Endothelial-mesenchymal transition (EndMT) is associated with various cardiovascular diseases and in particular with atherosclerosis and plaque instability. However, the molecular pathways that govern EndMT are poorly defined. Specifically, the role of epigenetic factors and histone deacetylases (HDACs) in controlling EndMT and the atherosclerotic plaque phenotype remains unclear. Here, we identified histone deacetylation, specifically that mediated by HDAC9 (a class IIa HDAC), as playing an important role in both EndMT and atherosclerosis. Using in vitro models, we found class IIa HDAC inhibition sustained the expression of endothelial proteins and mitigated the increase in mesenchymal proteins, effectively blocking EndMT. Similarly, ex vivo genetic knockout of Hdac9 in endothelial cells prevented EndMT and preserved a more endothelial-like phenotype. In vivo, atherosclerosis-prone mice with endothelial-specific Hdac9 knockout showed reduced EndMT and significantly reduced plaque area. Furthermore, these mice displayed a more favorable plaque phenotype, with reduced plaque lipid content and increased fibrous cap thickness. Together, these findings indicate that HDAC9 contributes to vascular pathology by promoting EndMT. Our study provides evidence for a pathological link among EndMT, HDAC9, and atherosclerosis and suggests that targeting of HDAC9 may be beneficial for plaque stabilization or slowing the progression of atherosclerotic disease.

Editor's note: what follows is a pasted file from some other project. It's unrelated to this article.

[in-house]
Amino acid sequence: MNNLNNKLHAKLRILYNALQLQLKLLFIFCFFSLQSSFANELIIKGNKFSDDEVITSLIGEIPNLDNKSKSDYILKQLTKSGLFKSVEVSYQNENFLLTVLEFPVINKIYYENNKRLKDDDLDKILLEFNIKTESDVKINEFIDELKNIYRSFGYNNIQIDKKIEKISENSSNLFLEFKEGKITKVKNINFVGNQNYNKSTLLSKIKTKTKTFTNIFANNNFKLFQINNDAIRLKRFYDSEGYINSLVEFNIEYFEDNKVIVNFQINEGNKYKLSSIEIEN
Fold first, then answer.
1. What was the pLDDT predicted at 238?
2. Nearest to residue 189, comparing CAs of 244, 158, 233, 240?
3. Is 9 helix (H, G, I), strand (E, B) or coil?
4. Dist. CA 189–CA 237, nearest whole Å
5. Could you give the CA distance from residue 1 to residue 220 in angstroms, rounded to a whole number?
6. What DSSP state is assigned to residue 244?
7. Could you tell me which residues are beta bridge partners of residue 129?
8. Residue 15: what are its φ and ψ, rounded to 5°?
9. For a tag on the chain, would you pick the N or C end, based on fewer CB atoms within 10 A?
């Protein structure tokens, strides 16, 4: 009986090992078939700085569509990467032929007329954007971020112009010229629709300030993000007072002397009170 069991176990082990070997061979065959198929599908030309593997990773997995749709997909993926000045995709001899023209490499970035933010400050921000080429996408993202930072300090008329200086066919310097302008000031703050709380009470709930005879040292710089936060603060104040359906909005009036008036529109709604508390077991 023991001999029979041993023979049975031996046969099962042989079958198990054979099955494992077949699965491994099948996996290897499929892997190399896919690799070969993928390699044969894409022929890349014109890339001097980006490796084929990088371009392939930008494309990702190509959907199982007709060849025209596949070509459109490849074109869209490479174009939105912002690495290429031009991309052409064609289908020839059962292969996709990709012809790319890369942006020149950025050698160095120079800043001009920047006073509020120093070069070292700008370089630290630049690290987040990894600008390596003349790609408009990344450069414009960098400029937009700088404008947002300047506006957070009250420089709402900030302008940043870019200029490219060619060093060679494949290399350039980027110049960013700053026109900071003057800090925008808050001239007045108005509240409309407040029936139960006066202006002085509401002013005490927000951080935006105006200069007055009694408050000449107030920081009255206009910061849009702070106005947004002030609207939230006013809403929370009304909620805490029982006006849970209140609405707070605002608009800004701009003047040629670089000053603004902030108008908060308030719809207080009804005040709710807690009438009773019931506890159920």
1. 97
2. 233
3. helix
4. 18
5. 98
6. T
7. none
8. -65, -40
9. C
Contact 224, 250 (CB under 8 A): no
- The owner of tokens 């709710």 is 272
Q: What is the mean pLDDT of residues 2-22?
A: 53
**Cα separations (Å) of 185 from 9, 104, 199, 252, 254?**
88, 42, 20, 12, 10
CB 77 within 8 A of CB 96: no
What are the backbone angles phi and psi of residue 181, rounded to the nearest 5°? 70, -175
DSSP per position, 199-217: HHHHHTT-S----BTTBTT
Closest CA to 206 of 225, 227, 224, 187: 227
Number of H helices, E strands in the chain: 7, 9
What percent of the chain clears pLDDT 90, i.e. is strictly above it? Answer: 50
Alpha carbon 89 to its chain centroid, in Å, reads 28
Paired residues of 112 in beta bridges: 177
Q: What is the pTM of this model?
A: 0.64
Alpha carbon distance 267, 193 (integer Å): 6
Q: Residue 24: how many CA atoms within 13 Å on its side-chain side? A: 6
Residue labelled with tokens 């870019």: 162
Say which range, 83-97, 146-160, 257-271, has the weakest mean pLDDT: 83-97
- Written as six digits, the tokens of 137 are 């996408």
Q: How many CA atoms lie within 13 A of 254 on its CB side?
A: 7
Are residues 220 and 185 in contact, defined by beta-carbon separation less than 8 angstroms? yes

Laura Lecce, Yang Xu, Bhargavi V’Gangula, Nirupama Chandel, Venu Pothula, Axelle Caudrillier, Maria Paola Santini, Valentina d’Escamard, Delaine K. Ceholski, Przemek A. Gorski, Lijiang Ma, Simon Koplev, Martin Mæng Bjørklund, Johan L.M. Björkegren, Manfred Boehm, Jacob Fog Bentzon, Valentin Fuster, Ha Won Kim, Neal L. Weintraub, Andrew H. Baker, Emily Bernstein, Jason C. Kovacic